Michael Jason Overstreet: 71 Days: The Media Assault on Obama (paperback, 2009, BookSurge): Amazon reviews are evenly split between 5 and 1 stars, the latter coming from cons who take it as an article of faith that the media foisted Obama on an unsuspecting nation -- Bernard Goldberg pitched this line in his A Slobbering Love Affair: The True (and Pathetic) Story of the Torrid Romance Between Barack Obama and the Mainstream Media. This is a day-by-day journal watching the media spin their stories on Obama from the opening of the Democratic Party convention to election day. I suspect that what this shows is media bias less for either candidate than for the stupid and the trivial, which come to think of it is bias against Obama.
Jeff Potter: Cooking for Geeks: Real Science, Great Hacks, and Good Food (paperback, 2010, O'Reilly): Computer book publisher, also responsible for things like Make magazine (or journal?). Lots of sidebars, a few recipes, basic science and some interesting details, a lot of practical advice. Looks like my kind of book.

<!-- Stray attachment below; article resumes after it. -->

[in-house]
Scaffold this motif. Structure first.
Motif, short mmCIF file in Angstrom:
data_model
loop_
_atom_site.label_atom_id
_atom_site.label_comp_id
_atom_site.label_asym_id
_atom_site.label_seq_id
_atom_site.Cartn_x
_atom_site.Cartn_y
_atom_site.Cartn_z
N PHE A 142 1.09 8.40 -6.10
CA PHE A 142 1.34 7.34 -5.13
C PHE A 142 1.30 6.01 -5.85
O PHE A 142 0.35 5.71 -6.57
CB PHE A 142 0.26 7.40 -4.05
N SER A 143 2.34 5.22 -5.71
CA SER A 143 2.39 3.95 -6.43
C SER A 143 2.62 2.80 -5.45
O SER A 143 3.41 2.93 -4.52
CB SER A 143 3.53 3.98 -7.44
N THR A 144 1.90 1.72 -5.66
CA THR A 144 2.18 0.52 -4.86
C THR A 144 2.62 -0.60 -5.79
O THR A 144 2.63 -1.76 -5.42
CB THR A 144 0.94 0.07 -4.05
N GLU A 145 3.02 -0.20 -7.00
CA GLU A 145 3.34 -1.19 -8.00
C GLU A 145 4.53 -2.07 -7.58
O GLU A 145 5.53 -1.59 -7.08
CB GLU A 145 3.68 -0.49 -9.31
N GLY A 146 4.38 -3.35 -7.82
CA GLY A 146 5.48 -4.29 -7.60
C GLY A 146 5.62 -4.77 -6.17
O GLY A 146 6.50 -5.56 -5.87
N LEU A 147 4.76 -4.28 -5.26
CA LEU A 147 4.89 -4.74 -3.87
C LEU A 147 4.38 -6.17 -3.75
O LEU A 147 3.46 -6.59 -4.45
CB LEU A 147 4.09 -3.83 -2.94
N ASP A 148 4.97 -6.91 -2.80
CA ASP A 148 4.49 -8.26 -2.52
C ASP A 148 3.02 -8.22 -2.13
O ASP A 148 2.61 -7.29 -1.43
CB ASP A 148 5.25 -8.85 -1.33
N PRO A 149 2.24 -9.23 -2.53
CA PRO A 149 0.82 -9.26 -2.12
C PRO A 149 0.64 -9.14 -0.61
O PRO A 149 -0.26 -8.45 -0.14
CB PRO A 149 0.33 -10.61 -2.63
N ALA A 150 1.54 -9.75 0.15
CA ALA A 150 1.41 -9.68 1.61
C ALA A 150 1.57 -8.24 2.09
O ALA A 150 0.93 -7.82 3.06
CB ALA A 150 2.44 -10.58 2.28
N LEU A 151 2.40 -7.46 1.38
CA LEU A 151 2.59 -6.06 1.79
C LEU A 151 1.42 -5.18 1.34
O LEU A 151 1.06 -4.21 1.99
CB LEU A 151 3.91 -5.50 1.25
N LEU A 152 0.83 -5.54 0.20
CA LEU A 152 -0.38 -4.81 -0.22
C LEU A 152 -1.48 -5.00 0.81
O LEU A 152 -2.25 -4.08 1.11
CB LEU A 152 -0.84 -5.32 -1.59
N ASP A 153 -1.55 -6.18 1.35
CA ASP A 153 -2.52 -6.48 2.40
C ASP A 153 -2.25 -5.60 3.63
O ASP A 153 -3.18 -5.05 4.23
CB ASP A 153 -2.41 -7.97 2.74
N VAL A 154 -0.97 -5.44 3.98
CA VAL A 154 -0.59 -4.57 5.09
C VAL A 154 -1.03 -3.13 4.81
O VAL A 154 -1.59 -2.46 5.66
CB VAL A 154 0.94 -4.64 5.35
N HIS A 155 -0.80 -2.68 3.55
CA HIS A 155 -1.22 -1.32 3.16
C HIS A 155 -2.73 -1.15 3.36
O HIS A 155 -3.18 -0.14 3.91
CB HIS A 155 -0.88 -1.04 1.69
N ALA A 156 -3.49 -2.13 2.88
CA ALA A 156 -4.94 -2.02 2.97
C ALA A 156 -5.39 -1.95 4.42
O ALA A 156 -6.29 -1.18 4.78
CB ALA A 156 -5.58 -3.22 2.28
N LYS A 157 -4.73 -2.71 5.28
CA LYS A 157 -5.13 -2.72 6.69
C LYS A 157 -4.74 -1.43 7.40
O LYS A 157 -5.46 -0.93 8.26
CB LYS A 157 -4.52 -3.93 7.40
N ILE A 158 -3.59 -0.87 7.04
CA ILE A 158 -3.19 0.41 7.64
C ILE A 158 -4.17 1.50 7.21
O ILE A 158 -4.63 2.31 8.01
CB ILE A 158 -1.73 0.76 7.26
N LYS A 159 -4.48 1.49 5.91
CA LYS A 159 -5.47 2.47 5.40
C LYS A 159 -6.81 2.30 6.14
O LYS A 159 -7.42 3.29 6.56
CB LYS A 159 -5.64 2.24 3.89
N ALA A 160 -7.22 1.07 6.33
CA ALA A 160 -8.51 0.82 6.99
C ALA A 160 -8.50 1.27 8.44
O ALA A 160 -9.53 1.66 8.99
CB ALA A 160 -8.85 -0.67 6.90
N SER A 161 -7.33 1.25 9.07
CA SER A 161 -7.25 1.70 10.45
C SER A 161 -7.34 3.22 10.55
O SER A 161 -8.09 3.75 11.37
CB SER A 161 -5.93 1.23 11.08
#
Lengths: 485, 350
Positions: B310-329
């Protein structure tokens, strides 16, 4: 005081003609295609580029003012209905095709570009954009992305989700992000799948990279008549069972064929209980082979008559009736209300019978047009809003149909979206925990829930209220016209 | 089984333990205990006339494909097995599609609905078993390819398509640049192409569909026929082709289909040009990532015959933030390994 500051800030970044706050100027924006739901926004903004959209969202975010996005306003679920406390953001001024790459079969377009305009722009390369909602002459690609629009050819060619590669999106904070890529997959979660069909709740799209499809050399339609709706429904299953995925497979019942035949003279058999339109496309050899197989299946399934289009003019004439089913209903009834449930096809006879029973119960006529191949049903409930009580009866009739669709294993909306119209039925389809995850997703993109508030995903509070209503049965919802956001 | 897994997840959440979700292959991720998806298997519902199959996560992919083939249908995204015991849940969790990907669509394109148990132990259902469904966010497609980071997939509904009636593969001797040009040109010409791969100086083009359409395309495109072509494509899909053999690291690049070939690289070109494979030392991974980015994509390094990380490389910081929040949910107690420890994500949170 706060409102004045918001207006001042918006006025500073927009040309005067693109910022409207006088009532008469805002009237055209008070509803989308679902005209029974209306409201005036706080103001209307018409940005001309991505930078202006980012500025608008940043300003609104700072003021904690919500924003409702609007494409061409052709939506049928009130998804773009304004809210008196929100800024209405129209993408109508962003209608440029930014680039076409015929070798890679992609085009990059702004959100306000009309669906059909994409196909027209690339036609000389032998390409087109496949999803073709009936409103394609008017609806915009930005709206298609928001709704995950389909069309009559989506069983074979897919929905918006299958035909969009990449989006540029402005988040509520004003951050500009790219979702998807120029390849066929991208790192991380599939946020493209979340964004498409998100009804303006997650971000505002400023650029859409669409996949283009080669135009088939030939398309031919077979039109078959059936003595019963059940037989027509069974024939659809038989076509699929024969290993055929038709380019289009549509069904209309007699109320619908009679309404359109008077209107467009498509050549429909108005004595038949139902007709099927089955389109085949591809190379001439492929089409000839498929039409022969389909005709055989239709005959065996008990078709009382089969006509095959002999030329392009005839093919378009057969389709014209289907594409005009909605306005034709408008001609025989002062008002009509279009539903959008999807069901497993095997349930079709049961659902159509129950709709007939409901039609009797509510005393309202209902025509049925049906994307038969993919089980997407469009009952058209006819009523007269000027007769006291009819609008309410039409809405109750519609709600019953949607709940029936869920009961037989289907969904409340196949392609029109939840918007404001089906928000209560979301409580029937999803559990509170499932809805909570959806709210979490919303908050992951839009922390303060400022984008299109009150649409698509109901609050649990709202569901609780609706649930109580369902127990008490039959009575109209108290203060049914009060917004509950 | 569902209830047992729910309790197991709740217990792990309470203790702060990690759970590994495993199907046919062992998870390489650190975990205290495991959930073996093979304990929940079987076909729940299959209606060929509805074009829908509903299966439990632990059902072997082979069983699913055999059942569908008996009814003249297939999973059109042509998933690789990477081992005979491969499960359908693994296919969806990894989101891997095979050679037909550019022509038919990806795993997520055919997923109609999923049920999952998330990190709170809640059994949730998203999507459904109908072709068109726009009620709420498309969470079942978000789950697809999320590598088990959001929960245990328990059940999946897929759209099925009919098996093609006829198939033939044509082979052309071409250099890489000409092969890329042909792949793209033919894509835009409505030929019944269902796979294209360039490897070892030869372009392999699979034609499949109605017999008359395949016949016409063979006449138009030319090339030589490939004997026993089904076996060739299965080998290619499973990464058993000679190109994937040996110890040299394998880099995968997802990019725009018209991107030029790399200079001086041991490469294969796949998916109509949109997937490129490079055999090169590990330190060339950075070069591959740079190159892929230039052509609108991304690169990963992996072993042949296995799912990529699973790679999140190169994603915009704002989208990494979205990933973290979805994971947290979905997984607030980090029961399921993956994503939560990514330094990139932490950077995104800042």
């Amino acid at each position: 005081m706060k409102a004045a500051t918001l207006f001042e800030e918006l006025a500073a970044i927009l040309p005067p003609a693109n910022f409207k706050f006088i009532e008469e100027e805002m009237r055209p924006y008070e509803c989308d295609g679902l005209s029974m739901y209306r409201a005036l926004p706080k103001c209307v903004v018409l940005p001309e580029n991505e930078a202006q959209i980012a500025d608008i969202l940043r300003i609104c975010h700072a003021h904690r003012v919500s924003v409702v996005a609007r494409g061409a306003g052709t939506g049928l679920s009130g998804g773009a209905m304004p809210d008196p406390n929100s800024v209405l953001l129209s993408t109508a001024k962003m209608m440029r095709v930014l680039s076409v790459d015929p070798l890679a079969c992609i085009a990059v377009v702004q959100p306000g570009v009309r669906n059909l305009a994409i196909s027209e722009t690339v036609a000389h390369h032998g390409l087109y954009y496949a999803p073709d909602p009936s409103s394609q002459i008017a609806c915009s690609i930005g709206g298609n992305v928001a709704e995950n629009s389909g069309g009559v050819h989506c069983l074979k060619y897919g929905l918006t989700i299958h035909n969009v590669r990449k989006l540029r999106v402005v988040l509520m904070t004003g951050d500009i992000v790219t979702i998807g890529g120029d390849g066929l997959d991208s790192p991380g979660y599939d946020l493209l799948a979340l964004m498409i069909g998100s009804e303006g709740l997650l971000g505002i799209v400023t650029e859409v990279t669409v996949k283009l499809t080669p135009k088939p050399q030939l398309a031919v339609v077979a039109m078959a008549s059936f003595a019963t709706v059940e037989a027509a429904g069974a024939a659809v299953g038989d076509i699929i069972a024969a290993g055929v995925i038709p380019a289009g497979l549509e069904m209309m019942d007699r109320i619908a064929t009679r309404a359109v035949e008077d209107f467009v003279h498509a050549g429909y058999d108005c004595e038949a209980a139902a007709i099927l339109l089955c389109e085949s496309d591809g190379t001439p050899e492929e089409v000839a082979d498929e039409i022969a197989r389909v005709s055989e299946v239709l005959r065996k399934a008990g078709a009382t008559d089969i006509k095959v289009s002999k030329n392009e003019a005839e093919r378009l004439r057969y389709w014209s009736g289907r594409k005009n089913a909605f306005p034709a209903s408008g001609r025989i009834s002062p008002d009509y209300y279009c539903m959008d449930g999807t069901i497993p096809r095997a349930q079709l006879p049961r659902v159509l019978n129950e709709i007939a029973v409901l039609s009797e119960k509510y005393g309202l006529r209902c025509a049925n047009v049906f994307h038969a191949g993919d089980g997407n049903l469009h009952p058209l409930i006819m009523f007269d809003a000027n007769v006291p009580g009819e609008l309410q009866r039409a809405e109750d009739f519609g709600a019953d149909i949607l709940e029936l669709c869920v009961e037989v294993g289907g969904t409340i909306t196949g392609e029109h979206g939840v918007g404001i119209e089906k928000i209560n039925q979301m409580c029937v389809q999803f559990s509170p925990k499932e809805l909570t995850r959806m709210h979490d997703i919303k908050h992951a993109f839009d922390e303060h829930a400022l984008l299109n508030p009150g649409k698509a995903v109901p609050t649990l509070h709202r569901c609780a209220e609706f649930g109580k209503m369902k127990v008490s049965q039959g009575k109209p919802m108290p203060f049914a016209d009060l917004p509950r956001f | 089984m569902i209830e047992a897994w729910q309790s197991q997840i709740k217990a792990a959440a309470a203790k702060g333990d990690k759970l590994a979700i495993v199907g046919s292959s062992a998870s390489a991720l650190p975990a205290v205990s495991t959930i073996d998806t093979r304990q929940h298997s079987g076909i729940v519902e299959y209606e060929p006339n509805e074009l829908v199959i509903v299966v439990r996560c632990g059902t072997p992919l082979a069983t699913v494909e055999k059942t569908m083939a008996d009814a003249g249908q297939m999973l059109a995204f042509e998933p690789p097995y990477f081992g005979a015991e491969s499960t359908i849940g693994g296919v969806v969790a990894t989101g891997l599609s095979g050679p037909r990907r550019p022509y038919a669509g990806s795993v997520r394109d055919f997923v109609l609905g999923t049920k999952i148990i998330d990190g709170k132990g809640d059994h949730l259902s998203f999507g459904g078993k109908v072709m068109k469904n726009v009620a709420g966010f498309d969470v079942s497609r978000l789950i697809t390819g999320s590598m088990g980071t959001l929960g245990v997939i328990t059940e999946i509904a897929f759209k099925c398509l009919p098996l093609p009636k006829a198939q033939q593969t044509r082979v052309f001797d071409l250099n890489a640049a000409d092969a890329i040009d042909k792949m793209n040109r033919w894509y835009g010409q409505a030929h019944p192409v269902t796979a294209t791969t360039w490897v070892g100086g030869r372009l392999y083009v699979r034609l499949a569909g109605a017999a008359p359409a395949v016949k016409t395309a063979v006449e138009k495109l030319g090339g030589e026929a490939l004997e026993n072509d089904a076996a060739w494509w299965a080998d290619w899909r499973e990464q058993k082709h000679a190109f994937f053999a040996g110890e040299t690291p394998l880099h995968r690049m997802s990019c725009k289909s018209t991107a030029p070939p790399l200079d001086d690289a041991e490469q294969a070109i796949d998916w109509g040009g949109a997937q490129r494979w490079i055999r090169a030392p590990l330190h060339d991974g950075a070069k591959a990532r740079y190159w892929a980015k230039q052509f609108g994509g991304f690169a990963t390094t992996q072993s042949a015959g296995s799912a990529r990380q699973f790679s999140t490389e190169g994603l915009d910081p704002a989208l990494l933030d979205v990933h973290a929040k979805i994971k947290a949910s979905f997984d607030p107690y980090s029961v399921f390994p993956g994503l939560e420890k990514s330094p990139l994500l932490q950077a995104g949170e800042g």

John Quiggin: Zombie Economics: How Dead Ideas Still Walk Among Us (2010, Princeton University Press): Australian economist, has an occasional blog I sometimes look at and much admire. The endless recirculation of economic ideas that not only don't work but are flat-out evil is, well, that's why they call it political economy. No doubt covers much of the same territory as recent important books by John Cassidy: How Markets Fail: The Logic of Economic Calamities and Yves Smith: Econned: How Unenlightened Self Interest Undermined Democracy and Corrupted Capitalism, but should go for the kill instead of just pointing out economic absurdities.
Robert Reich: Aftershock: The Next Economy and America's Future (2010, Knopf): Trendy liberal. I figure this is a necessary course correction after calling his last book was Supercapitalism. That is, it's not looking so super now.